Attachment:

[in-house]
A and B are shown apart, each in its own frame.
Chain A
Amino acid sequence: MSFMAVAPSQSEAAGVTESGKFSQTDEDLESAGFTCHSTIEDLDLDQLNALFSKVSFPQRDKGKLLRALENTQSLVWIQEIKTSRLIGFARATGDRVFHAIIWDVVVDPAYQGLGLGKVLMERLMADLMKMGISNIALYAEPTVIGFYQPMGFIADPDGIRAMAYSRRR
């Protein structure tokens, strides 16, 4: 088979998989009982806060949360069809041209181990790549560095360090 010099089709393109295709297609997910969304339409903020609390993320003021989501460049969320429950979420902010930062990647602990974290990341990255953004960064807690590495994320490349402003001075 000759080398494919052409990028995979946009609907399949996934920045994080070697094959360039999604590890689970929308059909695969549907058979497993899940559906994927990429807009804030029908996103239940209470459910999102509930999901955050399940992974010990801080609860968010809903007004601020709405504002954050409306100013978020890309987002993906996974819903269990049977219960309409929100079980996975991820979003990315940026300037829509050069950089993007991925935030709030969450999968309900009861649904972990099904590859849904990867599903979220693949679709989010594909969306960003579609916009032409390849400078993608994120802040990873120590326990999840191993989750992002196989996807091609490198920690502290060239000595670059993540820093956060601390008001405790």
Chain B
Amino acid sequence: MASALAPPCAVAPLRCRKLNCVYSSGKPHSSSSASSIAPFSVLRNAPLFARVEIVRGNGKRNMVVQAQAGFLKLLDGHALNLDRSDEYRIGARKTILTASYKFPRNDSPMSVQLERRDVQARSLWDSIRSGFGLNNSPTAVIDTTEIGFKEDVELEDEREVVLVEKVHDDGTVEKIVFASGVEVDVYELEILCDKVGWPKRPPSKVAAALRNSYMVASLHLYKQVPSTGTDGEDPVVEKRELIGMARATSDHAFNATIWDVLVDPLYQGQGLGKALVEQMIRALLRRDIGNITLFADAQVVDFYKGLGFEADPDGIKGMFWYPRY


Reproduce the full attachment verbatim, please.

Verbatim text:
[in-house]
A and B are shown apart, each in its own frame.
Chain A
Amino acid sequence: MSFMAVAPSQSEAAGVTESGKFSQTDEDLESAGFTCHSTIEDLDLDQLNALFSKVSFPQRDKGKLLRALENTQSLVWIQEIKTSRLIGFARATGDRVFHAIIWDVVVDPAYQGLGLGKVLMERLMADLMKMGISNIALYAEPTVIGFYQPMGFIADPDGIRAMAYSRRR
């Protein structure tokens, strides 16, 4: 088979998989009982806060949360069809041209181990790549560095360090 010099089709393109295709297609997910969304339409903020609390993320003021989501460049969320429950979420902010930062990647602990974290990341990255953004960064807690590495994320490349402003001075 000759080398494919052409990028995979946009609907399949996934920045994080070697094959360039999604590890689970929308059909695969549907058979497993899940559906994927990429807009804030029908996103239940209470459910999102509930999901955050399940992974010990801080609860968010809903007004601020709405504002954050409306100013978020890309987002993906996974819903269990049977219960309409929100079980996975991820979003990315940026300037829509050069950089993007991925935030709030969450999968309900009861649904972990099904590859849904990867599903979220693949679709989010594909969306960003579609916009032409390849400078993608994120802040990873120590326990999840191993989750992002196989996807091609490198920690502290060239000595670059993540820093956060601390008001405790």
Chain B
Amino acid sequence: MASALAPPCAVAPLRCRKLNCVYSSGKPHSSSSASSIAPFSVLRNAPLFARVEIVRGNGKRNMVVQAQAGFLKLLDGHALNLDRSDEYRIGARKTILTASYKFPRNDSPMSVQLERRDVQARSLWDSIRSGFGLNNSPTAVIDTTEIGFKEDVELEDEREVVLVEKVHDDGTVEKIVFASGVEVDVYELEILCDKVGWPKRPPSKVAAALRNSYMVASLHLYKQVPSTGTDGEDPVVEKRELIGMARATSDHAFNATIWDVLVDPLYQGQGLGKALVEQMIRALLRRDIGNITLFADAQVVDFYKGLGFEADPDGIKGMFWYPRY